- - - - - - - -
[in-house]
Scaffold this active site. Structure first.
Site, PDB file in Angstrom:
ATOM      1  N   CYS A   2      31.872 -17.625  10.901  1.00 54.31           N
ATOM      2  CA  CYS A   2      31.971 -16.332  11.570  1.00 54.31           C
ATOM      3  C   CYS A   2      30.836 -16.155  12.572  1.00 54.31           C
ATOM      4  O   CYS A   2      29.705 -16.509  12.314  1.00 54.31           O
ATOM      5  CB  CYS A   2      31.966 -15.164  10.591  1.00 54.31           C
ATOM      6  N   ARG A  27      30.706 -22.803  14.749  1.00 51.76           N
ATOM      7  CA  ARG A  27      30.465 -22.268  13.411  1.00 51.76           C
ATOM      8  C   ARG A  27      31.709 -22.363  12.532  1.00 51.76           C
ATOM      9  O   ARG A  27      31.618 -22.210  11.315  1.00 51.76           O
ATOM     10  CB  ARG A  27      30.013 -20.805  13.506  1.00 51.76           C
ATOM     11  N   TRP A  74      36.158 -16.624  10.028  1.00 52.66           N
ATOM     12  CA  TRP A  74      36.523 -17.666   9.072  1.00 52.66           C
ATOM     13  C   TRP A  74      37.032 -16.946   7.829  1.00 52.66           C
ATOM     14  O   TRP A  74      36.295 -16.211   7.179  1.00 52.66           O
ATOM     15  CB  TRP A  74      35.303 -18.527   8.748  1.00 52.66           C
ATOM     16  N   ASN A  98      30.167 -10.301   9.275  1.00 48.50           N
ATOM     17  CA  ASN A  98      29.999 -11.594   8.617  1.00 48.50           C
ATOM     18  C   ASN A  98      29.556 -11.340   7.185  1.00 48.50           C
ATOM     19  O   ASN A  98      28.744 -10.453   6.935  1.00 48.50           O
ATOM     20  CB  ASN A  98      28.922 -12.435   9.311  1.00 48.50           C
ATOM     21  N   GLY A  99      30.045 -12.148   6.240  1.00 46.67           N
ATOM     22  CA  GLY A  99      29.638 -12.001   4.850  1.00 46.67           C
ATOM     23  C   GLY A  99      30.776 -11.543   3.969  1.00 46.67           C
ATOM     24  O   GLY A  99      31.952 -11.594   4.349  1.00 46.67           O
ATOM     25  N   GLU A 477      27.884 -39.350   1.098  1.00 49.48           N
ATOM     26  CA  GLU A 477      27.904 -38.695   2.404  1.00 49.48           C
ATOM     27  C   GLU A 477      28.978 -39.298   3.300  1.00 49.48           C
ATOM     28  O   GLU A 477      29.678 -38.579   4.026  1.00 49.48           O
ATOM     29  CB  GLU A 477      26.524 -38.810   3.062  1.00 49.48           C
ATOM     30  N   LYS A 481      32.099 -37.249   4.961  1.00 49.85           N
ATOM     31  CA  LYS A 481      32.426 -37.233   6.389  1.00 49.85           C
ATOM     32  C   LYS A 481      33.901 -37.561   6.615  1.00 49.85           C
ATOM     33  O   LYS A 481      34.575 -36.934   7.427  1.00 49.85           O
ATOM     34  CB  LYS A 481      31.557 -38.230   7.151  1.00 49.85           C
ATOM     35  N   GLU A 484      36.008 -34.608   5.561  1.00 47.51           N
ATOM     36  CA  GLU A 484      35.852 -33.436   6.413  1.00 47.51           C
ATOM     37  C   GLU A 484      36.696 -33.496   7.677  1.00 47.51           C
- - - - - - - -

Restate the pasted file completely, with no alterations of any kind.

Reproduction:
[in-house]
Scaffold this active site. Structure first.
Site, PDB file in Angstrom:
ATOM      1  N   CYS A   2      31.872 -17.625  10.901  1.00 54.31           N
ATOM      2  CA  CYS A   2      31.971 -16.332  11.570  1.00 54.31           C
ATOM      3  C   CYS A   2      30.836 -16.155  12.572  1.00 54.31           C
ATOM      4  O   CYS A   2      29.705 -16.509  12.314  1.00 54.31           O
ATOM      5  CB  CYS A   2      31.966 -15.164  10.591  1.00 54.31           C
ATOM      6  N   ARG A  27      30.706 -22.803  14.749  1.00 51.76           N
ATOM      7  CA  ARG A  27      30.465 -22.268  13.411  1.00 51.76           C
ATOM      8  C   ARG A  27      31.709 -22.363  12.532  1.00 51.76           C
ATOM      9  O   ARG A  27      31.618 -22.210  11.315  1.00 51.76           O
ATOM     10  CB  ARG A  27      30.013 -20.805  13.506  1.00 51.76           C
ATOM     11  N   TRP A  74      36.158 -16.624  10.028  1.00 52.66           N
ATOM     12  CA  TRP A  74      36.523 -17.666   9.072  1.00 52.66           C
ATOM     13  C   TRP A  74      37.032 -16.946   7.829  1.00 52.66           C
ATOM     14  O   TRP A  74      36.295 -16.211   7.179  1.00 52.66           O
ATOM     15  CB  TRP A  74      35.303 -18.527   8.748  1.00 52.66           C
ATOM     16  N   ASN A  98      30.167 -10.301   9.275  1.00 48.50           N
ATOM     17  CA  ASN A  98      29.999 -11.594   8.617  1.00 48.50           C
ATOM     18  C   ASN A  98      29.556 -11.340   7.185  1.00 48.50           C
ATOM     19  O   ASN A  98      28.744 -10.453   6.935  1.00 48.50           O
ATOM     20  CB  ASN A  98      28.922 -12.435   9.311  1.00 48.50           C
ATOM     21  N   GLY A  99      30.045 -12.148   6.240  1.00 46.67           N
ATOM     22  CA  GLY A  99      29.638 -12.001   4.850  1.00 46.67           C
ATOM     23  C   GLY A  99      30.776 -11.543   3.969  1.00 46.67           C
ATOM     24  O   GLY A  99      31.952 -11.594   4.349  1.00 46.67           O
ATOM     25  N   GLU A 477      27.884 -39.350   1.098  1.00 49.48           N
ATOM     26  CA  GLU A 477      27.904 -38.695   2.404  1.00 49.48           C
ATOM     27  C   GLU A 477      28.978 -39.298   3.300  1.00 49.48           C
ATOM     28  O   GLU A 477      29.678 -38.579   4.026  1.00 49.48           O
ATOM     29  CB  GLU A 477      26.524 -38.810   3.062  1.00 49.48           C
ATOM     30  N   LYS A 481      32.099 -37.249   4.961  1.00 49.85           N
ATOM     31  CA  LYS A 481      32.426 -37.233   6.389  1.00 49.85           C
ATOM     32  C   LYS A 481      33.901 -37.561   6.615  1.00 49.85           C
ATOM     33  O   LYS A 481      34.575 -36.934   7.427  1.00 49.85           O
ATOM     34  CB  LYS A 481      31.557 -38.230   7.151  1.00 49.85           C
ATOM     35  N   GLU A 484      36.008 -34.608   5.561  1.00 47.51           N
ATOM     36  CA  GLU A 484      35.852 -33.436   6.413  1.00 47.51           C
ATOM     37  C   GLU A 484      36.696 -33.496   7.677  1.00 47.51           C